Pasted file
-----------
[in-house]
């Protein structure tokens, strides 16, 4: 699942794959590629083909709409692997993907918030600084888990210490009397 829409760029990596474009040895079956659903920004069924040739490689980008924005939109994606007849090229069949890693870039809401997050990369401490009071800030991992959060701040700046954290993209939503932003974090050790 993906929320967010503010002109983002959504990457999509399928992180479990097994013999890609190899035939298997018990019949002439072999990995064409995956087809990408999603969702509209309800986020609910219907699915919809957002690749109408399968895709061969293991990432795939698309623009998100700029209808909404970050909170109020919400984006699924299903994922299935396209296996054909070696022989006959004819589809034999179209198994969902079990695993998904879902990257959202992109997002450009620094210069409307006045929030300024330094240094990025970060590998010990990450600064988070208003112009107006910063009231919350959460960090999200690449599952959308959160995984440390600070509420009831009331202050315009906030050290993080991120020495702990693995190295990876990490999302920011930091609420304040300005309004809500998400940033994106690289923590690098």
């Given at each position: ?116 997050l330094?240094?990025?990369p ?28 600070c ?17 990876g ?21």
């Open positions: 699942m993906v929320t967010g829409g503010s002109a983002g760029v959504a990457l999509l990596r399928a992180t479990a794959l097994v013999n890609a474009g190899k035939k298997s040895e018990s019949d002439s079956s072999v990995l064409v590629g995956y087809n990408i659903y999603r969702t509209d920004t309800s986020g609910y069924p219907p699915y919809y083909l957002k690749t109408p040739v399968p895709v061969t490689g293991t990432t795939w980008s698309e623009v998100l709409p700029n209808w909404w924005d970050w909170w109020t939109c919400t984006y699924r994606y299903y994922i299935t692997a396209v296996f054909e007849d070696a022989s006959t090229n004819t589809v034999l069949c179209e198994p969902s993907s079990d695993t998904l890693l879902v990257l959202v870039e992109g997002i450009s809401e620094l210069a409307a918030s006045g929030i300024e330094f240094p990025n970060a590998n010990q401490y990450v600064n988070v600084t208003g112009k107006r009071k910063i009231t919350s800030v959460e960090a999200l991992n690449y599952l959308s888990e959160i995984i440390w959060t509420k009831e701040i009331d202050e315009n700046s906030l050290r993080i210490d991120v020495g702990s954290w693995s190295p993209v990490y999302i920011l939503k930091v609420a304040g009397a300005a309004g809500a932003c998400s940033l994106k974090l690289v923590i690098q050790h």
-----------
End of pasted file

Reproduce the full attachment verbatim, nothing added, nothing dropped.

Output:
[in-house]
């Protein structure tokens, strides 16, 4: 699942794959590629083909709409692997993907918030600084888990210490009397 829409760029990596474009040895079956659903920004069924040739490689980008924005939109994606007849090229069949890693870039809401997050990369401490009071800030991992959060701040700046954290993209939503932003974090050790 993906929320967010503010002109983002959504990457999509399928992180479990097994013999890609190899035939298997018990019949002439072999990995064409995956087809990408999603969702509209309800986020609910219907699915919809957002690749109408399968895709061969293991990432795939698309623009998100700029209808909404970050909170109020919400984006699924299903994922299935396209296996054909070696022989006959004819589809034999179209198994969902079990695993998904879902990257959202992109997002450009620094210069409307006045929030300024330094240094990025970060590998010990990450600064988070208003112009107006910063009231919350959460960090999200690449599952959308959160995984440390600070509420009831009331202050315009906030050290993080991120020495702990693995190295990876990490999302920011930091609420304040300005309004809500998400940033994106690289923590690098």
């Given at each position: ?116 997050l330094?240094?990025?990369p ?28 600070c ?17 990876g ?21």
């Open positions: 699942m993906v929320t967010g829409g503010s002109a983002g760029v959504a990457l999509l990596r399928a992180t479990a794959l097994v013999n890609a474009g190899k035939k298997s040895e018990s019949d002439s079956s072999v990995l064409v590629g995956y087809n990408i659903y999603r969702t509209d920004t309800s986020g609910y069924p219907p699915y919809y083909l957002k690749t109408p040739v399968p895709v061969t490689g293991t990432t795939w980008s698309e623009v998100l709409p700029n209808w909404w924005d970050w909170w109020t939109c919400t984006y699924r994606y299903y994922i299935t692997a396209v296996f054909e007849d070696a022989s006959t090229n004819t589809v034999l069949c179209e198994p969902s993907s079990d695993t998904l890693l879902v990257l959202v870039e992109g997002i450009s809401e620094l210069a409307a918030s006045g929030i300024e330094f240094p990025n970060a590998n010990q401490y990450v600064n988070v600084t208003g112009k107006r009071k910063i009231t919350s800030v959460e960090a999200l991992n690449y599952l959308s888990e959160i995984i440390w959060t509420k009831e701040i009331d202050e315009n700046s906030l050290r993080i210490d991120v020495g702990s954290w693995s190295p993209v990490y999302i920011l939503k930091v609420a304040g009397a300005a309004g809500a932003c998400s940033l994106k974090l690289v923590i690098q050790h």